MICHAEL CROWLEY was taken from the Fifteenth precinct to Police Headquarters in March, 1881. He had made an enviable reputation long before, and has continued to be shrewd and energetic. The record of his arrests are: W. C. Rhinelander, of No. 243 Schermerhorn Street, Brooklyn, for attempting to kill John Drake, at No. 79 Cedar Street; Frank Frisbie, for stealing five thousand dollars from the Bank of Portland, Oregon; H. F. Graybill, for forgeries on Miller & Bros., Philadelphia, and the Savannah Steamship Company; Bernard Rose alias Russell, for a five thousand dollar burglary at Hammerslough Bros.'s at 724 Broadway and William Meineck, for the murder of Katie Braderhoff, at Elmira.

RICHARD O'CONNOR, Sergeant of Detectives, was detailed as a Central office Detective at the District Attorney's office, in October, 1873. He is accounted as not only having a complete knowledge of all criminals worth knowing, but with having a better knowledge of criminal law and proceedings than many practicing lawyers. He, in June, 1874, caught John H. Short, who was sent to prison for twenty years for robbing Jacob Vanderbilt's house on Staten island, he convicted George Miles alias Bliss, for the Barre, Vt., bank robbery, in September, 1875. November 9, 1875, he arrest John Green for a burglary at Oxford Furnace, N. J. and secured his conviction. In August, 1876, he caught David Jones alias Peyton, who had committed a burglary at Baltimore, Md., and he was sentenced to twelve years' imprisonment. Attilla Beyer, who robbed District Attorney Phelps' house, was arrested by O'Connor in august, 1876, and was sent to Sing Sing for ten years. In September of that year he arrested Daniel O'Brien, alias Captain sparks, for stealing three thousand dollars' worth of diamonds from a Long Branch hotel, and he was sent to Trenton Prison for ten years.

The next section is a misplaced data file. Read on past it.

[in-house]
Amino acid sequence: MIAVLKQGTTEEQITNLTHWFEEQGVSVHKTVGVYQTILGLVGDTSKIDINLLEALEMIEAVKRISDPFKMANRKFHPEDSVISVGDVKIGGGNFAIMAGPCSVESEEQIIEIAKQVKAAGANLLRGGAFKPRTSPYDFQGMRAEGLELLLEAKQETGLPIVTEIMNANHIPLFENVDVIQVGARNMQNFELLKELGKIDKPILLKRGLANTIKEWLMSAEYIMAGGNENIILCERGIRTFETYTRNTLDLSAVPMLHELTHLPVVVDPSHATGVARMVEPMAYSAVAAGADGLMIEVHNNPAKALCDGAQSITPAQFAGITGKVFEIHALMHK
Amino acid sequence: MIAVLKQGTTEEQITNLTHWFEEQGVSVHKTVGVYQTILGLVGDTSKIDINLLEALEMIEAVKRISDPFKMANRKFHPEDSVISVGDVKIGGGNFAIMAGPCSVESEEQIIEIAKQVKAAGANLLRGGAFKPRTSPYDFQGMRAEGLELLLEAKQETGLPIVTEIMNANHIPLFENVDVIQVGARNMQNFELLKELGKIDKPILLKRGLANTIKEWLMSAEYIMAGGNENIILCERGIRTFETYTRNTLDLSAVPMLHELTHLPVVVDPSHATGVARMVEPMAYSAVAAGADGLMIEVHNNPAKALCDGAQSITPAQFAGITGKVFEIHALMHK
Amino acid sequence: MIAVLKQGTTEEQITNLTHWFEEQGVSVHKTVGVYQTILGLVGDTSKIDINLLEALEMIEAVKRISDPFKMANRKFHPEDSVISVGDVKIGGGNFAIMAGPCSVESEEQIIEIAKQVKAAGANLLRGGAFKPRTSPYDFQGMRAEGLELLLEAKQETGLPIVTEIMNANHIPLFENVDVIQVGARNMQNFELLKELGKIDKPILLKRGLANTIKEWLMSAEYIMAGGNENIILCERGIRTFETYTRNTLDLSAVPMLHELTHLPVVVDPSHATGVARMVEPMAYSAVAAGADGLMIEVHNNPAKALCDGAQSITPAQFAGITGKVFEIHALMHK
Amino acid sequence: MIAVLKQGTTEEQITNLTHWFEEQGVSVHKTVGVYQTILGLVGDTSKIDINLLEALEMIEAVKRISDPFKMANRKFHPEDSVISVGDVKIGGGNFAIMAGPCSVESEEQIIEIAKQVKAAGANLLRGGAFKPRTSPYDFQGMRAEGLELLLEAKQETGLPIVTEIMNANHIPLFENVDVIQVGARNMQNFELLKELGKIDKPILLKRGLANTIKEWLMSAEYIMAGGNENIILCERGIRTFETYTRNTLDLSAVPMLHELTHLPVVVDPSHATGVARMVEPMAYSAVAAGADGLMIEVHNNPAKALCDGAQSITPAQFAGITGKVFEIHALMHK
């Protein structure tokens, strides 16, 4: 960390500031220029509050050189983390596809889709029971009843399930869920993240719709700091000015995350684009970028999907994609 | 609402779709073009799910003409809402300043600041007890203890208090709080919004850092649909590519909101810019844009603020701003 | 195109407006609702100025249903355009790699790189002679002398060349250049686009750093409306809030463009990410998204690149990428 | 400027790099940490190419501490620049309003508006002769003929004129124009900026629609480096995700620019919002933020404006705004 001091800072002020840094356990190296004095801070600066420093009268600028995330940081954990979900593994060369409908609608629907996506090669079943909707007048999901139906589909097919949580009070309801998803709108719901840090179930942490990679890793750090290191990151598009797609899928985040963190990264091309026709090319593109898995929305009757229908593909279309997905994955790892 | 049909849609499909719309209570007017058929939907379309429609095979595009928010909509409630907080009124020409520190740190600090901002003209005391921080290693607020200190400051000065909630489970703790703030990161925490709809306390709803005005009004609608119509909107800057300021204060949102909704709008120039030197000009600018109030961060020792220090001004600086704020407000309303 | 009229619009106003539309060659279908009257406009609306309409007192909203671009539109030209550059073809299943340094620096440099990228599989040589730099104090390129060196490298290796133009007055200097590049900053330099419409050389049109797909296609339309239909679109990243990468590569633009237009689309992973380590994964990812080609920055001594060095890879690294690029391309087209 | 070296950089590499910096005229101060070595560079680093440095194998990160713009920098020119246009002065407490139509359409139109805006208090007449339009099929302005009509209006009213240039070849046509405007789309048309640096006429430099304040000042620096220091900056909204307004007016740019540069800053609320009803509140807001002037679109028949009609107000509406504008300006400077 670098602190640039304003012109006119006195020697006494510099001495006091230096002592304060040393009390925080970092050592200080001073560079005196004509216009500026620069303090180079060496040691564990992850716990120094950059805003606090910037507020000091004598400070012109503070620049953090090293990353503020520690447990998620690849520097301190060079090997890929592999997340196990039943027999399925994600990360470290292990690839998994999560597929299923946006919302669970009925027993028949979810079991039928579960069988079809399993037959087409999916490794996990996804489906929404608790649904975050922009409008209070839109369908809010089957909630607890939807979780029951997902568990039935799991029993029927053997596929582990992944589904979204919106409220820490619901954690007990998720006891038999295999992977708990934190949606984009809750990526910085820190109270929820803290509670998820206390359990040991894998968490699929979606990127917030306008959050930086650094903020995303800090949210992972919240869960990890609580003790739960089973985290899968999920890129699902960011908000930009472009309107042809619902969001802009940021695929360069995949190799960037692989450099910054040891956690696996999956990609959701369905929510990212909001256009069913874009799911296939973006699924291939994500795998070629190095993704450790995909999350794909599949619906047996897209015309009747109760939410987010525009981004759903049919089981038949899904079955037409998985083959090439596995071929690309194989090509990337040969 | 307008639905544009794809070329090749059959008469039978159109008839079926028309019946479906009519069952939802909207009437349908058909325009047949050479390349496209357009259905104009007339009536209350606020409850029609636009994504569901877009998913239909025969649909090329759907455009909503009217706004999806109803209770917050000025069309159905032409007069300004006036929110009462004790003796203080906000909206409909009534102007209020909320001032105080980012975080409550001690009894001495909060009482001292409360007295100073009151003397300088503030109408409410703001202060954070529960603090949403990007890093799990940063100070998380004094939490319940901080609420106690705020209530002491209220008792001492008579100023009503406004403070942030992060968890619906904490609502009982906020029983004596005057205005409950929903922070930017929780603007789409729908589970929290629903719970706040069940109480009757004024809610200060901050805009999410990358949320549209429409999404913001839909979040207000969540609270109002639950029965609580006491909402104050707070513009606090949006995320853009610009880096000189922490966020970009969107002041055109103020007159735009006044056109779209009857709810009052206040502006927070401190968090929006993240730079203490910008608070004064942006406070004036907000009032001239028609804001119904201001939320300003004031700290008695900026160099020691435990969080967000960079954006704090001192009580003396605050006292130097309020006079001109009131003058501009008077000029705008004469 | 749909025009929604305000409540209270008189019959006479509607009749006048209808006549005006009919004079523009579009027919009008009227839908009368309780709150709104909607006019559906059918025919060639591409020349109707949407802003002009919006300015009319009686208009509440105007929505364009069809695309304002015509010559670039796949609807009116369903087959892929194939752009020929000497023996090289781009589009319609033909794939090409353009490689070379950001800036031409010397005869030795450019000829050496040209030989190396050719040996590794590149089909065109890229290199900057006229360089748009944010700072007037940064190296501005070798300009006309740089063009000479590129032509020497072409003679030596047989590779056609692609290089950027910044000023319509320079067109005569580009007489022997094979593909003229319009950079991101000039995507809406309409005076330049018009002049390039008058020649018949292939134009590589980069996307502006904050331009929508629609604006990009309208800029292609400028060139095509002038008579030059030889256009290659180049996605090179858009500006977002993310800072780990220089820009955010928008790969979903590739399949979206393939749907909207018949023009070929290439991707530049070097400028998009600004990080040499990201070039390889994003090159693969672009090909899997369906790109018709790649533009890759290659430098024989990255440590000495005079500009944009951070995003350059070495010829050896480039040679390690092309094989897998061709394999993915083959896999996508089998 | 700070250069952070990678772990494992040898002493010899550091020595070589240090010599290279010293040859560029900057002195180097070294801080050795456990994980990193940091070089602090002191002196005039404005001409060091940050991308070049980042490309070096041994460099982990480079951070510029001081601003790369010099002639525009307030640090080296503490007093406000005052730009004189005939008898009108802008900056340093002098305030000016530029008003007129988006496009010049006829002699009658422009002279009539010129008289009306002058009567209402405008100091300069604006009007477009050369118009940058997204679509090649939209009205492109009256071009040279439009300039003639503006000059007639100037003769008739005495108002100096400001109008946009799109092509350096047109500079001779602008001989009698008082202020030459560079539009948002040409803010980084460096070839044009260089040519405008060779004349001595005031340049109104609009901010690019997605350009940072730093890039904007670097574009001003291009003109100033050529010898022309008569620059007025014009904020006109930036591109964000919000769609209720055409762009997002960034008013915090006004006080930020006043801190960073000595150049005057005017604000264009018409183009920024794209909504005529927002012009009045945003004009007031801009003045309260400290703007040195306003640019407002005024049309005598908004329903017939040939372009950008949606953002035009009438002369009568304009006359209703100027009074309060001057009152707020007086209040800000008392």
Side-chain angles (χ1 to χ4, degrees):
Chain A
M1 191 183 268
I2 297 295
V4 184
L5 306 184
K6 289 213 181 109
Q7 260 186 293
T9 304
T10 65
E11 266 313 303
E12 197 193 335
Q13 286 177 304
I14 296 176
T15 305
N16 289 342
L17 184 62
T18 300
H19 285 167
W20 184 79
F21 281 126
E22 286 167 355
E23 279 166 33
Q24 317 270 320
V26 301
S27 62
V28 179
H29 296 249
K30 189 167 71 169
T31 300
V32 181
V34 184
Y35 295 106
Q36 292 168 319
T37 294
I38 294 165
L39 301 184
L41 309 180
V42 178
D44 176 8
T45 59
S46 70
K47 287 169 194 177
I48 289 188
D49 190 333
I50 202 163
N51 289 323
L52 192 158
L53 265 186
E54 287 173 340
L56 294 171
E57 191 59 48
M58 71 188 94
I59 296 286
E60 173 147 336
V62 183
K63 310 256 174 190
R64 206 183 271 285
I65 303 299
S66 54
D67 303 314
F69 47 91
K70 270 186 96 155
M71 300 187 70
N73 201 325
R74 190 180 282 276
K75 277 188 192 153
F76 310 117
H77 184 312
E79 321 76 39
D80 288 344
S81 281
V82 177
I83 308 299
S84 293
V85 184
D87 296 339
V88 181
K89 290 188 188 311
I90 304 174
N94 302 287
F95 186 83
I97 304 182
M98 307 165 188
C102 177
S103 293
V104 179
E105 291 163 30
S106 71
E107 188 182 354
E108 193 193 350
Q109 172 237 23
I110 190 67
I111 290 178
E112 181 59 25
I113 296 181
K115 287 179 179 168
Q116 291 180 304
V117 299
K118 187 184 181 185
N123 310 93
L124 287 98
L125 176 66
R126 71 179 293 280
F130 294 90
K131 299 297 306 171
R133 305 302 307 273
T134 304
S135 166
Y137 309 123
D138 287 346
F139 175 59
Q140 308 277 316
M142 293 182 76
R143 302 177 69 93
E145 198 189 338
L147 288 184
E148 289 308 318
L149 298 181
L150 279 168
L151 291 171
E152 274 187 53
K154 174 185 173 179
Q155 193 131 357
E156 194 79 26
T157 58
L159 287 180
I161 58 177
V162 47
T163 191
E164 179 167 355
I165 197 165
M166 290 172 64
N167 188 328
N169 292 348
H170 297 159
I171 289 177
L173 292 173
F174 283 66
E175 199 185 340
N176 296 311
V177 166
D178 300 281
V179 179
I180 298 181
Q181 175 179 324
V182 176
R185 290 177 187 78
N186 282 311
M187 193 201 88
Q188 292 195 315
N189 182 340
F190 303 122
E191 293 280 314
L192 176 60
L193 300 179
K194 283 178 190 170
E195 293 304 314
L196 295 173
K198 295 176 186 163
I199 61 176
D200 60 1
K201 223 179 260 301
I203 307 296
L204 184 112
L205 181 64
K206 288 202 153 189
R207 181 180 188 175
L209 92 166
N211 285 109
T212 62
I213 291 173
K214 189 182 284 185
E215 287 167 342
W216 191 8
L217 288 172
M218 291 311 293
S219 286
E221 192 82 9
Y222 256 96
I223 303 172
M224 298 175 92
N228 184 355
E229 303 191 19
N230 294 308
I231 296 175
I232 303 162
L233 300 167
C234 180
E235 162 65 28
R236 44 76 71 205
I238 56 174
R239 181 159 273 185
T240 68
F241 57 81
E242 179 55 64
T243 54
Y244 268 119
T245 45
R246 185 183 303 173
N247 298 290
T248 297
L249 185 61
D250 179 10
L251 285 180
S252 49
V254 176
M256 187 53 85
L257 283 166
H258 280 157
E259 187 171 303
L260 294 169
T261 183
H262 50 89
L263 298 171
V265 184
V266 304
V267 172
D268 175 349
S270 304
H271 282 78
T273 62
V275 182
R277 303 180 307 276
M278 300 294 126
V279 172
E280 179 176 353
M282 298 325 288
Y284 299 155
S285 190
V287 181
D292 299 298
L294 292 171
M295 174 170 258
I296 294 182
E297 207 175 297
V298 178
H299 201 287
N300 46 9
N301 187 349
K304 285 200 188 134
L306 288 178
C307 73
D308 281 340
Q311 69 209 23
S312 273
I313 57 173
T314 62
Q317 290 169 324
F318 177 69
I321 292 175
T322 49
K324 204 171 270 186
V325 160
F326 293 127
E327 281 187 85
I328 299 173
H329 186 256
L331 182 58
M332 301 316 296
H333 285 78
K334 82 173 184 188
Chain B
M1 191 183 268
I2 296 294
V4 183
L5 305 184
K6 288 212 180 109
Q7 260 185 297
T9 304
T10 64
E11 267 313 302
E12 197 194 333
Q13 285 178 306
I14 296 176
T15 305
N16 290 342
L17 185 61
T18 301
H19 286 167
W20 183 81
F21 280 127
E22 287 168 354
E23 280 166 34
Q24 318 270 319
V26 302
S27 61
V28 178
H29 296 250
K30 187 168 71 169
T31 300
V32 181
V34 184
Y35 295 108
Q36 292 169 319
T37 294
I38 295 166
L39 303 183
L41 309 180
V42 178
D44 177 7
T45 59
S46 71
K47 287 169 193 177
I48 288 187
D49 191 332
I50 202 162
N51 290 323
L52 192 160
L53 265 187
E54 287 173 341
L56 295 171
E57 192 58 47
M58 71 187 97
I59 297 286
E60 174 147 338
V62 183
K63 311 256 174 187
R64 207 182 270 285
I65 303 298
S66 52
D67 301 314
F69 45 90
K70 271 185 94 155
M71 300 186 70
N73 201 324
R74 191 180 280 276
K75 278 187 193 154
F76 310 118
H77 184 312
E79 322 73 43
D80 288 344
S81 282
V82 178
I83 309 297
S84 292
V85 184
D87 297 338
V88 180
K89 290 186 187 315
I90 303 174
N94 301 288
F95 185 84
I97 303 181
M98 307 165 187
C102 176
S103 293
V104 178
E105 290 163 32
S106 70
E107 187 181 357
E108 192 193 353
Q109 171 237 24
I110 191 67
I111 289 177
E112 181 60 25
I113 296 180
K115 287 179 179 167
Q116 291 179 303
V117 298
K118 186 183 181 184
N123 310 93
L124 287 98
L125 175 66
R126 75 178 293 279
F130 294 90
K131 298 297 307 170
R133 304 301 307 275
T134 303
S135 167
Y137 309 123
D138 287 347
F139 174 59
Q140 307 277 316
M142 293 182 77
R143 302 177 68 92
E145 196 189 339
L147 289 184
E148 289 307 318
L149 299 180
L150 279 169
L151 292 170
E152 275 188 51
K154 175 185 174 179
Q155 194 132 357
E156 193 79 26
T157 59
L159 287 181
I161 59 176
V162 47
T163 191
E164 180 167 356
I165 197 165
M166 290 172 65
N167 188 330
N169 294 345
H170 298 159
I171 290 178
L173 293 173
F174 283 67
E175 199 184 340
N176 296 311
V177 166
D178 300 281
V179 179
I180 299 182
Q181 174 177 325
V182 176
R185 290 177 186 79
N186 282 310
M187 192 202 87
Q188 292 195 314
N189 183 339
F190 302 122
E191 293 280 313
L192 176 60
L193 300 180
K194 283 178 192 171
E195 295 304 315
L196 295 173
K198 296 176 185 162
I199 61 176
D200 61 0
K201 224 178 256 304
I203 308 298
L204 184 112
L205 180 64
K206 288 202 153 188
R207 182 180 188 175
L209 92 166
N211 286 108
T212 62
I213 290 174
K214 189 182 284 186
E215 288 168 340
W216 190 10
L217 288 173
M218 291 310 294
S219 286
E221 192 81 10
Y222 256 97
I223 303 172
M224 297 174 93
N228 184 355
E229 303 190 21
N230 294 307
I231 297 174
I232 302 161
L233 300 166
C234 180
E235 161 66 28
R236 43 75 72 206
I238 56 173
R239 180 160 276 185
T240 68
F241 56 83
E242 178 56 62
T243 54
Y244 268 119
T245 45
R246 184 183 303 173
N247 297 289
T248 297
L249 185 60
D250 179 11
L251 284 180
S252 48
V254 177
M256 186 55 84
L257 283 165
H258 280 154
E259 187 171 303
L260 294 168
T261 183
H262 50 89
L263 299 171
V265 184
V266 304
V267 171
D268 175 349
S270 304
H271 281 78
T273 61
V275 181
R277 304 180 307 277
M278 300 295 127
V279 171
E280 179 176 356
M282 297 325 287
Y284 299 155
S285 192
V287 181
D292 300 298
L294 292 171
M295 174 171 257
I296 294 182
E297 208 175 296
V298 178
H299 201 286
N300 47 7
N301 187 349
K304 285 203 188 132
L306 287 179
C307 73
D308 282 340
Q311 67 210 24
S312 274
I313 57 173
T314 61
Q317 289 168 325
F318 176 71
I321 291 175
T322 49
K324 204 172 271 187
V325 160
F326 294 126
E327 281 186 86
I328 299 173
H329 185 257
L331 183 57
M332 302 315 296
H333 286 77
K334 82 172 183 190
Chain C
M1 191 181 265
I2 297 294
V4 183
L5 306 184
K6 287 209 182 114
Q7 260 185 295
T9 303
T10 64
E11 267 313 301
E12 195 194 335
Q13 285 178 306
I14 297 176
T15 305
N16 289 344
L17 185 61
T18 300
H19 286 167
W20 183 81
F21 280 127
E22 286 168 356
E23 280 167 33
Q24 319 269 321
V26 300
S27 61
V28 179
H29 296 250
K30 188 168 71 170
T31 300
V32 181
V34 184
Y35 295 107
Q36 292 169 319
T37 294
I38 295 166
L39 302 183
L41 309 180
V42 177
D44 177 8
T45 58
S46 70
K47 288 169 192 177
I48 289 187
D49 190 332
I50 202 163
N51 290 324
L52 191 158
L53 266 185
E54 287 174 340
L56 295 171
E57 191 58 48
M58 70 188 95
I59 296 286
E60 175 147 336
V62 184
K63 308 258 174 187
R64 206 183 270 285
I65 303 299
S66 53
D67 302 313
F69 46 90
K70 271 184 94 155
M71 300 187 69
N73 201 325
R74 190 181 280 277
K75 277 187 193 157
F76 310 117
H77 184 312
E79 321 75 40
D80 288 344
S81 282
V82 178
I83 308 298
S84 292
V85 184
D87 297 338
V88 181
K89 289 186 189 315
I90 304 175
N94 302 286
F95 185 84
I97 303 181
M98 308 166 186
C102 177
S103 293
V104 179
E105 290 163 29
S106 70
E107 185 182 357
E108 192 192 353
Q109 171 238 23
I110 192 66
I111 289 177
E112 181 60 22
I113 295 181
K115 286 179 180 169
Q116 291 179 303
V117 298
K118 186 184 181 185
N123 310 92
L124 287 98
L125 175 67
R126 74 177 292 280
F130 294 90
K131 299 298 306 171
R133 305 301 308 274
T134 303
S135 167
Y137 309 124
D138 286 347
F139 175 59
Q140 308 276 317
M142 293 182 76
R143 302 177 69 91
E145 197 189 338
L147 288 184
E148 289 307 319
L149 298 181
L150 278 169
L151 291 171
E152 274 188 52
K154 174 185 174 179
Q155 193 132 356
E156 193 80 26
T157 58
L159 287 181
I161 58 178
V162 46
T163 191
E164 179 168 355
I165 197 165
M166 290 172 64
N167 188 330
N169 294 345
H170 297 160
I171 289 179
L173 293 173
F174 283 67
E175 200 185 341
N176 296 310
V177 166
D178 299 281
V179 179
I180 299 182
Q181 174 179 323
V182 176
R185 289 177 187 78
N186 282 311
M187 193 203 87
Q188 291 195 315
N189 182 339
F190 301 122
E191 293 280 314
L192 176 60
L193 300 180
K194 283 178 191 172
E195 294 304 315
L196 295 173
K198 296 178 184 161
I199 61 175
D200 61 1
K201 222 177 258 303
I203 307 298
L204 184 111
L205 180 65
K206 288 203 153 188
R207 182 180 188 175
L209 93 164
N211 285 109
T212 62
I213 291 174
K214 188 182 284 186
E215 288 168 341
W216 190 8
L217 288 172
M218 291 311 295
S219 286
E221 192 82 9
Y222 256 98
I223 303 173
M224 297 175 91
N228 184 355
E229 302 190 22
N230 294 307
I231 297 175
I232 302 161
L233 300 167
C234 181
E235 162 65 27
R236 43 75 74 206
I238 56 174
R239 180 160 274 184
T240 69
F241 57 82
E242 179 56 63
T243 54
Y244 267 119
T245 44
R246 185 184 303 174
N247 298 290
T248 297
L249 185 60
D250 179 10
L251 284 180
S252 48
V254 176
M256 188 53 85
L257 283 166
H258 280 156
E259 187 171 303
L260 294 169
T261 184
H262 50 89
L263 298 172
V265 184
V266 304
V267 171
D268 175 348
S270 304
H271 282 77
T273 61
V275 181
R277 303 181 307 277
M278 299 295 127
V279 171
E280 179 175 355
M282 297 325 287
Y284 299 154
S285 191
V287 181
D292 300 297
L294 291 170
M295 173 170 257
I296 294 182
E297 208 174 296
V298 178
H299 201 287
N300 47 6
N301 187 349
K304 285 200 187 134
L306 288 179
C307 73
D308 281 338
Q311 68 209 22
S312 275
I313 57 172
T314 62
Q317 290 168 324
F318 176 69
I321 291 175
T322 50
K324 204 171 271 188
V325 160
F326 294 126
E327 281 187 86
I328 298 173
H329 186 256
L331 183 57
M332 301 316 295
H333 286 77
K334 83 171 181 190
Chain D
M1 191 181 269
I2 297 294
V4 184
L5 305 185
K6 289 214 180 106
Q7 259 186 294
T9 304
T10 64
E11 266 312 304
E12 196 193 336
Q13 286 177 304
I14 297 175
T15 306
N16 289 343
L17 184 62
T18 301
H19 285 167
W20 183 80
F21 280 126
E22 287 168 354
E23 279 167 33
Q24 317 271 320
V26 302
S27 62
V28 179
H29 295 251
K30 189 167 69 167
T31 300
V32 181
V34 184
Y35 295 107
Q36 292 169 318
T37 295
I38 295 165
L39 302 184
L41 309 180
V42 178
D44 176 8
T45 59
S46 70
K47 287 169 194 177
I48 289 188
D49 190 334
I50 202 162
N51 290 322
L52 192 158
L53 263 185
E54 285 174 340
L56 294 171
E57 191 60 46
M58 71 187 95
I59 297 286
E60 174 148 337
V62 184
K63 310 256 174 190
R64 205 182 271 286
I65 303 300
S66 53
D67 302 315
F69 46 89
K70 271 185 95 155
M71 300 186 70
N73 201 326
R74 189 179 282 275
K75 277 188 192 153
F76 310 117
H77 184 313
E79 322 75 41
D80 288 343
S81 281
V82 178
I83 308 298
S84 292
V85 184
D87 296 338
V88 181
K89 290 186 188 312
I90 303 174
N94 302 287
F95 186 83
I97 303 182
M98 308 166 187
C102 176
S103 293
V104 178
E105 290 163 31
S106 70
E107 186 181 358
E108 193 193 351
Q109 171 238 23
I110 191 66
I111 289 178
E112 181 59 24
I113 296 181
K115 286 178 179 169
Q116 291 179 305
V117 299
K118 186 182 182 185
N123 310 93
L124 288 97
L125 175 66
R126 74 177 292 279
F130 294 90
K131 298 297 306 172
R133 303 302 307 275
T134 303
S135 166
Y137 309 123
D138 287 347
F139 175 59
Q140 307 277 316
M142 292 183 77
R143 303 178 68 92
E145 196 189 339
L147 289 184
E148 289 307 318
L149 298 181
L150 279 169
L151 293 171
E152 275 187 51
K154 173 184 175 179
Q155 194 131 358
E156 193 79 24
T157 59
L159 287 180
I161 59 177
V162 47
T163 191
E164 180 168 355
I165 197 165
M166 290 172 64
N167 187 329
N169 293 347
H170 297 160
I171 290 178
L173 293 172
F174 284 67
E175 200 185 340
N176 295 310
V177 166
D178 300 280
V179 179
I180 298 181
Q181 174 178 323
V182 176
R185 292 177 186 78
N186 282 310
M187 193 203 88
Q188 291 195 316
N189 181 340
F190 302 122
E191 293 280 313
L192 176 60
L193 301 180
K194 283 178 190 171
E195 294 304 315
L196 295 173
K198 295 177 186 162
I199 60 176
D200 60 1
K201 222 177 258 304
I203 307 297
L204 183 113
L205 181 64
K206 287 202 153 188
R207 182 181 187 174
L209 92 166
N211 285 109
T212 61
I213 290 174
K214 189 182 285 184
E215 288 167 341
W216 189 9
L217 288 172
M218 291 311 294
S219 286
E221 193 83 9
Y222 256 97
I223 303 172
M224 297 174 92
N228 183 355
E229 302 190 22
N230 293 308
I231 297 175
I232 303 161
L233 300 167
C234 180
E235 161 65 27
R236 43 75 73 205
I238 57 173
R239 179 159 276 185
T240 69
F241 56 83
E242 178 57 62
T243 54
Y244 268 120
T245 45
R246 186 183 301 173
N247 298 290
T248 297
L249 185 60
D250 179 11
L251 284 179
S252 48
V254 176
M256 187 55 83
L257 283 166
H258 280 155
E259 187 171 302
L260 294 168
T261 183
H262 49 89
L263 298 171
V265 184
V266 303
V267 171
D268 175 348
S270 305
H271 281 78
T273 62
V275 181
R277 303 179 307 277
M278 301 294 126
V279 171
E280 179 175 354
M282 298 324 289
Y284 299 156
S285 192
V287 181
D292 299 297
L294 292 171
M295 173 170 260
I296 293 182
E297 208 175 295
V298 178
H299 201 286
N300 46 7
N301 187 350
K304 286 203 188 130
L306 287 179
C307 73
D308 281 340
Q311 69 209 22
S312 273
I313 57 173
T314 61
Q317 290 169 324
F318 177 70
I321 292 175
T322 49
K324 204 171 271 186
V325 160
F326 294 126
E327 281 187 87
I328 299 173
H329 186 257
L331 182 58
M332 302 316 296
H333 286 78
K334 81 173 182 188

Our Police Protectors, History of the New York Police, Published for the benefit of the Police Pension Fund, by Augustine Costello, Published by Author, 1885.

Transcribed by Holice B. Young